Sister Carol F. McConkie: How to Develop “Unwavering Faith”

Contributed By Sister Carol F. McConkie, Young Women General Presidency

  • 31 January 2017

Leaning into the Light: James 1:5, by Stanley J. Watts, cast bronze, edition 51/95, 1996.  Photo by Stanley J. Watts.

Article Highlights

  • Sister McConkie shares how to develop unwavering faith.
  • We can follow the example of Joseph Smith by studying, praying, and obeying.

“We cannot know what faith is if we have never had it, and we cannot obtain it as long as we deny it. Faith and doubt cannot exist in the same mind at the same time, for one will dispel the other.” —President Thomas S. Monson

In last month’s Church News article, Sister Bonnie Oscarson, Young Women General President, encouraged leaders to assist youth in the process of gaining testimonies of Joseph Smith’s mission. (See related article.) Our Mutual theme this year teaches us to ask God that we may receive heavenly wisdom. “If any of you lack wisdom, let him ask of God, that giveth to all men liberally, and upbraideth not; and it shall be given him” (James 1:5). Unwavering faith is the key. “But let him ask in faith, nothing wavering. For he that wavereth is like a wave of the sea driven with the wind and tossed” (James 1:6).

What does unwavering faith look like, and how do we develop that kind of faith? I have often had the privilege of standing on the seashore mesmerized by wind-driven waves as they appear and disappear. Even the great waves that roll into shore come crashing against the rocks and sand only to dissolve into foam or recede into the depths of the sea. None has staying power. If our faith is like waves, “tossed … and carried about with every wind of doctrine” (Ephesians 4:14), it will soon fade away. We must seek to obtain wisdom with unwavering faith—a faith that will not allow doubt to crowd out the assurances we have received from God by the power of the Holy Ghost.

President Thomas S. Monson taught, “We cannot know what faith is if we have never had it, and we cannot obtain it as long as we deny it. Faith and doubt cannot exist in the same mind at the same time, for one will dispel the other” (“Come unto Him in Prayer and Faith,” Ensign, Mar. 2009, 6). When questions and doubts do arise, we exercise faith to cast them out of our minds. In a revelation given to the Prophet Joseph Smith, the Lord said, “Look unto me in every thought; doubt not, fear not” (D&C 6:36). Instead of being consumed by doubt and fear, we go directly to the source of truth, light, and knowledge.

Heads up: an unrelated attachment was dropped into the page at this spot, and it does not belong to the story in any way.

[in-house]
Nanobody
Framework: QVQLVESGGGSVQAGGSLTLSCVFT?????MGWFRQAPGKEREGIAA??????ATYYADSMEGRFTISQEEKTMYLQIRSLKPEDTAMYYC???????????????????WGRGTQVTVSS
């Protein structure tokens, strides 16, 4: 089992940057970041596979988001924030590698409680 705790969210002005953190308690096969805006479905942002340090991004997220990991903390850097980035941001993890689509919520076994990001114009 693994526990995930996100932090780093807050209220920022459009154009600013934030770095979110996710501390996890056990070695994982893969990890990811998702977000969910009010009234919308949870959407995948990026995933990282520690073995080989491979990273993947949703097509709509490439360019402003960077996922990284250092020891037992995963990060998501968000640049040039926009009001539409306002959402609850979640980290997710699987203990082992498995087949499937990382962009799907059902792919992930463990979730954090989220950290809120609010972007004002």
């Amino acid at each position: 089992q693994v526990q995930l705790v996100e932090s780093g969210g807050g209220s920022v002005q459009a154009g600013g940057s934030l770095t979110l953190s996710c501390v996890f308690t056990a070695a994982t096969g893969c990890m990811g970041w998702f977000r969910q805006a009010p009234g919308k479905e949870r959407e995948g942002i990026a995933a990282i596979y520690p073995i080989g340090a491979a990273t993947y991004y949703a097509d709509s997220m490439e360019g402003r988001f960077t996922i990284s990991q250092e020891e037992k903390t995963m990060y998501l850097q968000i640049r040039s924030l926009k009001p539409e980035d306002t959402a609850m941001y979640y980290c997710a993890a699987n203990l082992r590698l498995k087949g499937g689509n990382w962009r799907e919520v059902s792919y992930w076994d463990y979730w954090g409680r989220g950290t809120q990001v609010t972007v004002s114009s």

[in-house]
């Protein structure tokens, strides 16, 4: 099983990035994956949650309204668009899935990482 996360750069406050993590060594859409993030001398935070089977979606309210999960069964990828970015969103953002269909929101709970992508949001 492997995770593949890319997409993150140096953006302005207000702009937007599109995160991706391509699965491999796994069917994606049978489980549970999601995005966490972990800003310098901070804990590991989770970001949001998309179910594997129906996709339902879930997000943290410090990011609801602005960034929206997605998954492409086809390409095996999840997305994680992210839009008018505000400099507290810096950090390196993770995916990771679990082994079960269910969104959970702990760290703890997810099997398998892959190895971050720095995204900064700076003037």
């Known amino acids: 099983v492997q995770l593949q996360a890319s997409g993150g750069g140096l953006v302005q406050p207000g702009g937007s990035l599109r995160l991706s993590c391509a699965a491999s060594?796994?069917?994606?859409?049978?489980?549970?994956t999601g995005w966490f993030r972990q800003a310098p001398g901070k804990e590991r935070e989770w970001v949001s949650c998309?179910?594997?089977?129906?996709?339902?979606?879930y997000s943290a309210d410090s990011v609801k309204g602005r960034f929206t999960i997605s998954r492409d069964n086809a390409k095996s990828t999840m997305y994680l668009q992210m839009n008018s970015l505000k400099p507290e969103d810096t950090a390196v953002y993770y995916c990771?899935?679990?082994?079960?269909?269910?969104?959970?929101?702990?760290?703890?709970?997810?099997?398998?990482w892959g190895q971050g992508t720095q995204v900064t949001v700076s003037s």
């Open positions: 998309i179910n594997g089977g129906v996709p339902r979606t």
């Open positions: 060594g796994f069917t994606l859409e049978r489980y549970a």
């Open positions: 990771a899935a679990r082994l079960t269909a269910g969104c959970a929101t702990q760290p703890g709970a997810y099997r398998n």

Parents and leaders of young women can help them follow the example of young Joseph Smith. As they consistently study, pray, and humbly obey, they may receive divine wisdom and understanding that comes by the Spirit of God.


In the midst of a “war of words and tumult of opinions” about religion, Joseph Smith turned to the scriptures. After reading James 1:5, he said: “Never did any passage of scripture come with more power to the heart of man than this did at this time to mine. It seemed to enter with great force into every feeling of my heart. I reflected on it again and again” (Joseph Smith—History 1:12). Joseph searched the word of God and was blessed with a life-changing spiritual experience. When young women search the word of God, they plant that seed into their hearts. By the Spirit, the word begins to grow, to enlarge the soul, to enlighten the understanding. We can encourage them to nourish the word, to ponder and pray, that with patience and diligence, “it shall take root; and behold it shall be a tree springing up unto everlasting life” (see Alma 32:27–42).


Joseph Smith learned that knowledge from God comes in answer to humble prayer. When reading the word of God, Moroni exhorted: “Ask God, the Eternal Father, in the name of Christ, if these things are not true; and if ye shall ask with a sincere heart, with real intent, having faith in Christ, he will manifest the truth of it unto you, by the power of the Holy Ghost. And by the power of the Holy Ghost ye may know the truth of all things” (Moroni 10:4–5).

From the very smallest concern to the most overwhelming trial that young women may face, they can receive knowledge and witness miracles through faithful study and prayer.


Joseph’s glorious vision and his communion with the Father and the Son was just the beginning of his test of faith. Temptations, persecution, and reviling raged about him. He knew that he had received knowledge from God, and in spite of all adversity, he had to act in harmony with the instruction he had received. By obedience, continual study, and prayer, he qualified for greater knowledge and was enabled by the power of God to bring about the miracle of the Restoration of the gospel of Jesus Christ.

Young women today will face the winds of temptation, false doctrines, and the philosophies of men. But our young women are daughters of God and they have a work to do. Elder Jeffrey R. Holland of the Quorum of the Twelve Apostles taught to let them be candid about their questions, but do not let those questions “stand in the way of faith working its miracle” (“Lord, I Believe,” Apr. 2013 general conference). May we help them desire to study, pray, and obey, that by the Spirit they may be filled with unwavering faith and receive a sure testimony, even the knowledge of God.